The Census Bureau’s 2017 American Community Survey revealed that, for the first time since the Census Bureau began keeping track of such data in 1960, the median income of transit commuters has risen above the median income of all American workers.
One reason transit commuter incomes have risen is that low-income transit riders are giving up on transit. Thanks to a growing economy, the number of people who earn less than $15,000 a year has declined, but the number of transit commuters who are in that income bracket has declined even faster, so that low-income commuters are 8 percent less likely to use transit than they were a decade ago. Meanwhile, people earning more than $75,000 a year were 10 percent more likely to commute by transit in 2017 than in 2007.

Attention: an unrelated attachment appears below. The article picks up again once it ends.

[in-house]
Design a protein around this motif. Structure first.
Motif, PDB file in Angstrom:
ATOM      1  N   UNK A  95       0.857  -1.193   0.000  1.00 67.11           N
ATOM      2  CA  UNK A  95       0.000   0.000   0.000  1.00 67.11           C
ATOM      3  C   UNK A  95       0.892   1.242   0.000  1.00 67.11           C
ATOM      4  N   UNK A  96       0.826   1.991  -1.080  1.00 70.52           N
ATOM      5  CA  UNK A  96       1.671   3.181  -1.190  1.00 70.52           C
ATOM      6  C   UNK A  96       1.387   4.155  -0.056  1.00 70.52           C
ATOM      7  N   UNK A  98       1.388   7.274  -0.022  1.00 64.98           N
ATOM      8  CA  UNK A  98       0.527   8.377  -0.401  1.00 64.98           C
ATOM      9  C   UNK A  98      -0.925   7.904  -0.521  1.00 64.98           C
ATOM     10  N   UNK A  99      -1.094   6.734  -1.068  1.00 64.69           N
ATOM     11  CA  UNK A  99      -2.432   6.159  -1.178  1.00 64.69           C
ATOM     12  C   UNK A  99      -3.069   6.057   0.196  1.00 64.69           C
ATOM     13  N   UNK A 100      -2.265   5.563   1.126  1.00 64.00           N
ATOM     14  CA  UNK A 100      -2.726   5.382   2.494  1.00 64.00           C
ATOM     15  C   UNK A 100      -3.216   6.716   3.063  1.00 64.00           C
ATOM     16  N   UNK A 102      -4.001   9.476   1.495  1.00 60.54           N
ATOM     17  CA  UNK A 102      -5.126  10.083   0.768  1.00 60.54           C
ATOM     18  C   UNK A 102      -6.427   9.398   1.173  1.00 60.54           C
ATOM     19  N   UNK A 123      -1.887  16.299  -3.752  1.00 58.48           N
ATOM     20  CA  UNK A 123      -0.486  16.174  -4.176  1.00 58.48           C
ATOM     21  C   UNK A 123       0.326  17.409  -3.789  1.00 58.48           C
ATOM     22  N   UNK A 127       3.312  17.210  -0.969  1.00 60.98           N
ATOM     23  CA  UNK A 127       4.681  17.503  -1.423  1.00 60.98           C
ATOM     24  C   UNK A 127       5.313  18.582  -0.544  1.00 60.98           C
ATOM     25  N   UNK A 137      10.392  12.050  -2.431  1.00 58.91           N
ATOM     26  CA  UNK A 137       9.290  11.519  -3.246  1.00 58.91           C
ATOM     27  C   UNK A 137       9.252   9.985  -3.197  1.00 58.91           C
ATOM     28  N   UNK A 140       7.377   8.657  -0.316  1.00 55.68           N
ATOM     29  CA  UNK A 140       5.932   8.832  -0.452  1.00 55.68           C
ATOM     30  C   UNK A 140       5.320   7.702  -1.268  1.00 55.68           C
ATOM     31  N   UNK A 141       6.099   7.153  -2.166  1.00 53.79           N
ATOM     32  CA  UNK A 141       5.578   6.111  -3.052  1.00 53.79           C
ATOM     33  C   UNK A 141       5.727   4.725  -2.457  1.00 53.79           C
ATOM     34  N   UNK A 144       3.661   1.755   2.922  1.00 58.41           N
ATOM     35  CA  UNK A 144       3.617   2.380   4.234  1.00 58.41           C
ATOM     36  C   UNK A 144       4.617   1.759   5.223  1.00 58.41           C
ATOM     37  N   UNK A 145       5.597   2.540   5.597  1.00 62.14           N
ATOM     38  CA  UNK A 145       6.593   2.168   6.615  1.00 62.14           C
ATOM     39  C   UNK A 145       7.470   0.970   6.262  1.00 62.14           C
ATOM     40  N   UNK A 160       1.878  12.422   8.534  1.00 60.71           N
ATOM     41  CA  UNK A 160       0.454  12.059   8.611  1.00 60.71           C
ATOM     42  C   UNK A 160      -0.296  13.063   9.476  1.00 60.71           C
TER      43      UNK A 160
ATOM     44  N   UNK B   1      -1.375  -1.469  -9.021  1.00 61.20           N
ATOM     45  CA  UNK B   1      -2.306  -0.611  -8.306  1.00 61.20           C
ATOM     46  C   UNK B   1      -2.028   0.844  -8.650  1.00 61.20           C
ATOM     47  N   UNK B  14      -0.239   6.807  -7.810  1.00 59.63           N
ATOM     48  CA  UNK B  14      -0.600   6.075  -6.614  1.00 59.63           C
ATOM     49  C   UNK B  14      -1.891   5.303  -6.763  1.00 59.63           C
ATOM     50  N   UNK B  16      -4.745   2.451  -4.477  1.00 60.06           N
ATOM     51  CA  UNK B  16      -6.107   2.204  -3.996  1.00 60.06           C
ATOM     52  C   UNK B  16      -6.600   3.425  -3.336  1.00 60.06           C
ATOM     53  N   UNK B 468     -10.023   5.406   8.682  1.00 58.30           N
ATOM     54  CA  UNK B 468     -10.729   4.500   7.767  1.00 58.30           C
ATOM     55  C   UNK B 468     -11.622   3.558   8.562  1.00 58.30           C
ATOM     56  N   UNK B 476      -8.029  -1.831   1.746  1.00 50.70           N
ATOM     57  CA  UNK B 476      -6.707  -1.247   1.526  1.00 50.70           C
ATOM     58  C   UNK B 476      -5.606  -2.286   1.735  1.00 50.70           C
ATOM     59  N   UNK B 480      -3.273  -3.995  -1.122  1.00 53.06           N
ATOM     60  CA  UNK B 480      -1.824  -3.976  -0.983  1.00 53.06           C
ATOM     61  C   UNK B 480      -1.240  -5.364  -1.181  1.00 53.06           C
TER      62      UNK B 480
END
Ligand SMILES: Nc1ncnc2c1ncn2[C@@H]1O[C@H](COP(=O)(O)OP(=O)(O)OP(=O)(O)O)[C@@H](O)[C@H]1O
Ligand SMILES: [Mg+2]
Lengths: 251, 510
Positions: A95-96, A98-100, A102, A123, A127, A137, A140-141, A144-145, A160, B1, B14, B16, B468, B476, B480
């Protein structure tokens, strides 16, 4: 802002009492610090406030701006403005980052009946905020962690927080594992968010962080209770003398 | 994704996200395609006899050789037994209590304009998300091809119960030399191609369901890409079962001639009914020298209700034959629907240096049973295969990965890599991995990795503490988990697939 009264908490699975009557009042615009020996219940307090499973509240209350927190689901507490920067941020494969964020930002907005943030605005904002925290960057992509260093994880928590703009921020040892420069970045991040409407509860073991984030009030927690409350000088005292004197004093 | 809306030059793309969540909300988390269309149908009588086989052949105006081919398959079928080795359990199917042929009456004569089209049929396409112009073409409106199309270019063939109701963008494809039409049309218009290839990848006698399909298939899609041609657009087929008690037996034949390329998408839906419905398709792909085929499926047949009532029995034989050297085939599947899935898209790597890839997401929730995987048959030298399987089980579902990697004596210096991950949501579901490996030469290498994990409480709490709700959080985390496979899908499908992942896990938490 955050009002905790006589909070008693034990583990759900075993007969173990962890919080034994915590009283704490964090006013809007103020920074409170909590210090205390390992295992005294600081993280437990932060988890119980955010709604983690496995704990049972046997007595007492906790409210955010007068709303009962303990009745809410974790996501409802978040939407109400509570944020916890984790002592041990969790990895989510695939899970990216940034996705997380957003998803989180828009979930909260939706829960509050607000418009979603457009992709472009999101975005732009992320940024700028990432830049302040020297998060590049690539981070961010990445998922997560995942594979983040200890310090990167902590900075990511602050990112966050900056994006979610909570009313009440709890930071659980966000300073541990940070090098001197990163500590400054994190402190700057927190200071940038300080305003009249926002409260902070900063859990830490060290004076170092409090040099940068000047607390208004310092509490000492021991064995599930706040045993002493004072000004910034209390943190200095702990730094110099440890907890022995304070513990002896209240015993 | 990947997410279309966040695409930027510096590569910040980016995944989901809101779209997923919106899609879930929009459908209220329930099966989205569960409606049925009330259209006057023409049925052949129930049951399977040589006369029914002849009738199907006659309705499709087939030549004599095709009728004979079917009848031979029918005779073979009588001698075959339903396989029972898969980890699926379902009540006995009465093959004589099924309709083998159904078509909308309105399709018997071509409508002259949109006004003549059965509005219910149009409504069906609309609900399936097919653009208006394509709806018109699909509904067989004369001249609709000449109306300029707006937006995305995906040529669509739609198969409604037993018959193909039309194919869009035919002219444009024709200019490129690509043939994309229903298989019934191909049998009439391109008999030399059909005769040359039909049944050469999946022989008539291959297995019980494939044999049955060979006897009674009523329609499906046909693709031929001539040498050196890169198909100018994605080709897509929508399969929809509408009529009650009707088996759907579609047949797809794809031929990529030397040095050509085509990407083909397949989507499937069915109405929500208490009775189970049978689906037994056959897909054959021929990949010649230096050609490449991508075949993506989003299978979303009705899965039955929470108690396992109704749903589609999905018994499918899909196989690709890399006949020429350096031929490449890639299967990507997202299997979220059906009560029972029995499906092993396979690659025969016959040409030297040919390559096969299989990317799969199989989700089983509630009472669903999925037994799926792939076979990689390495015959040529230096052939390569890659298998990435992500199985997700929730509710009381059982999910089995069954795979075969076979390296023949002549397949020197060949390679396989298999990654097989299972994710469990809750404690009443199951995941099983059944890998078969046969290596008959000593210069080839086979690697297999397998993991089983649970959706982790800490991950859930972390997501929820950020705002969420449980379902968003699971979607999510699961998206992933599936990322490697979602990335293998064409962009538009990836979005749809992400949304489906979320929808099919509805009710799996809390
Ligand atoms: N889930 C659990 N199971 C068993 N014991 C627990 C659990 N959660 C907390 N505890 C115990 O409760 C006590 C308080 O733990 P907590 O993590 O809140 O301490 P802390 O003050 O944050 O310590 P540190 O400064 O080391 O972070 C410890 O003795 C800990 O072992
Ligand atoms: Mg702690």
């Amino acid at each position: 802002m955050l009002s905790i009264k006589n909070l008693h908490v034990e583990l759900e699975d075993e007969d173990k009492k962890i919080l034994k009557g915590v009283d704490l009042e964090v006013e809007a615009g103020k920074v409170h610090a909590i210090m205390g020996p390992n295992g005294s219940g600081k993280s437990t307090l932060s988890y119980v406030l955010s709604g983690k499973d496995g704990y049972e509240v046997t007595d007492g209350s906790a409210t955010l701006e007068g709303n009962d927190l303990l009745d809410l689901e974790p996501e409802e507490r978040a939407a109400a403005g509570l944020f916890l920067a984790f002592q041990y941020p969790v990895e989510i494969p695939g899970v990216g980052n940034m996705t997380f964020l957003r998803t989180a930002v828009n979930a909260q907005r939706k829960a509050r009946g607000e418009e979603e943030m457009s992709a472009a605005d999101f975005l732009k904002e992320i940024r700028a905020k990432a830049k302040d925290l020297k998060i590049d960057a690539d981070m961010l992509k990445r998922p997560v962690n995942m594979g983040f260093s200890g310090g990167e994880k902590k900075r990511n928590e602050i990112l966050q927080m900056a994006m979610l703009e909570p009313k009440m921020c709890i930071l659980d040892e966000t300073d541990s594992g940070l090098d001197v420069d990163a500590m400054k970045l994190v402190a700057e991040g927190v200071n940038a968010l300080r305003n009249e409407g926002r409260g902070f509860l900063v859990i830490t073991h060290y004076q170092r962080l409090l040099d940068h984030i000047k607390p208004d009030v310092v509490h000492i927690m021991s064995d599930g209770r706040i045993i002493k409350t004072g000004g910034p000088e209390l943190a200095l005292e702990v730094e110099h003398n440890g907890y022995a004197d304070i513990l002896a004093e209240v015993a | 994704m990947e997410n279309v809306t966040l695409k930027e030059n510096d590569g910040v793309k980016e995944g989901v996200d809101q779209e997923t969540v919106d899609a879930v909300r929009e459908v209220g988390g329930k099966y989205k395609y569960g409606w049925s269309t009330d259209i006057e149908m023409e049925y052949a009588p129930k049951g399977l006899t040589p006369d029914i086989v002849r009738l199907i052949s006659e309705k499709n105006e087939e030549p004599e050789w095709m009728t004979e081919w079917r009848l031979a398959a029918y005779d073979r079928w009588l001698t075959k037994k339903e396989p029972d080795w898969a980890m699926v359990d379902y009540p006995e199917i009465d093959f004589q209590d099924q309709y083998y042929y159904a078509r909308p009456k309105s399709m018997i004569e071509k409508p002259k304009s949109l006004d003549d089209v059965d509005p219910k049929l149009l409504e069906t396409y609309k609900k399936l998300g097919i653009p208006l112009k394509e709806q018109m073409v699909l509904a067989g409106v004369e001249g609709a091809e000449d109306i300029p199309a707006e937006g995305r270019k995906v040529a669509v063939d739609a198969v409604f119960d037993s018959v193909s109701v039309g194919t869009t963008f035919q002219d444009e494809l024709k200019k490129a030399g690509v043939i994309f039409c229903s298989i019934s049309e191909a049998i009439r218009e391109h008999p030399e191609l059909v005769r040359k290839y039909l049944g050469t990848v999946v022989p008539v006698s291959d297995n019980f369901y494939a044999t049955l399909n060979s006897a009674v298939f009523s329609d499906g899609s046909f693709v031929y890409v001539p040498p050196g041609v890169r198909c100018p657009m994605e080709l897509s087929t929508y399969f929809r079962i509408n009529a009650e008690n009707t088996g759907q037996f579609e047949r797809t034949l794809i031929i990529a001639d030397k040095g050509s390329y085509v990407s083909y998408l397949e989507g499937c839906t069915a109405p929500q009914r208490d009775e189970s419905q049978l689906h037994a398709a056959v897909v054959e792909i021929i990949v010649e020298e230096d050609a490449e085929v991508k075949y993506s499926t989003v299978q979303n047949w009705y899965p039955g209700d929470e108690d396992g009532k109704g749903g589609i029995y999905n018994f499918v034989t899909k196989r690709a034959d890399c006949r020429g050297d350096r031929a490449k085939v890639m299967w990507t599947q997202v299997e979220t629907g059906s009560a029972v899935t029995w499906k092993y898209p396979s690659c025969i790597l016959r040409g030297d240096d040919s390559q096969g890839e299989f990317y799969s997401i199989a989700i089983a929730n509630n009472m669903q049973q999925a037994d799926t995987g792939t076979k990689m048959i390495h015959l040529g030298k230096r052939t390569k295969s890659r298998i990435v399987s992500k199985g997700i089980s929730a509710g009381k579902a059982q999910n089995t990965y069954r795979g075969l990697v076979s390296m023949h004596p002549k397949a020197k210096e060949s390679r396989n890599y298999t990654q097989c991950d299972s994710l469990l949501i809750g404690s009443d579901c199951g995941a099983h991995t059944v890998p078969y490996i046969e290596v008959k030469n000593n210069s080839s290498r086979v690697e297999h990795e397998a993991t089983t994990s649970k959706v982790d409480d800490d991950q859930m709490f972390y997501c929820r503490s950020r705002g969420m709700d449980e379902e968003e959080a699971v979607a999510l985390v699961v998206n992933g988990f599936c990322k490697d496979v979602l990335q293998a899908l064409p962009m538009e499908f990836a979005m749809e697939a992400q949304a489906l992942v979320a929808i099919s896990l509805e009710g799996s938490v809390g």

By 2017, people who earned more than $75,000 a year were considerably more likely to take transit to work than people in any other income bracket.
Transit ridership has been declining since 2014, mostly because of the rise of ride-hailing companies such as Uber and Lyft. But few low-income commuters are likely to substitute Uber or Lyft for transit.
Source: Census Bureau
Instead, they are buying cars. Census data show that auto ownership continues to grow and now 96 percent of American workers live in a household with at least one car. Since so few workers lack cars, a small increase in auto ownership can mean a large decrease in the share of people who are dependent on transit.
A major reason low-income workers are turning away from transit is rising fares. In the last decade, average fares have risen from $1.09 to $1.56, growing 2.1 percent faster than inflation each year.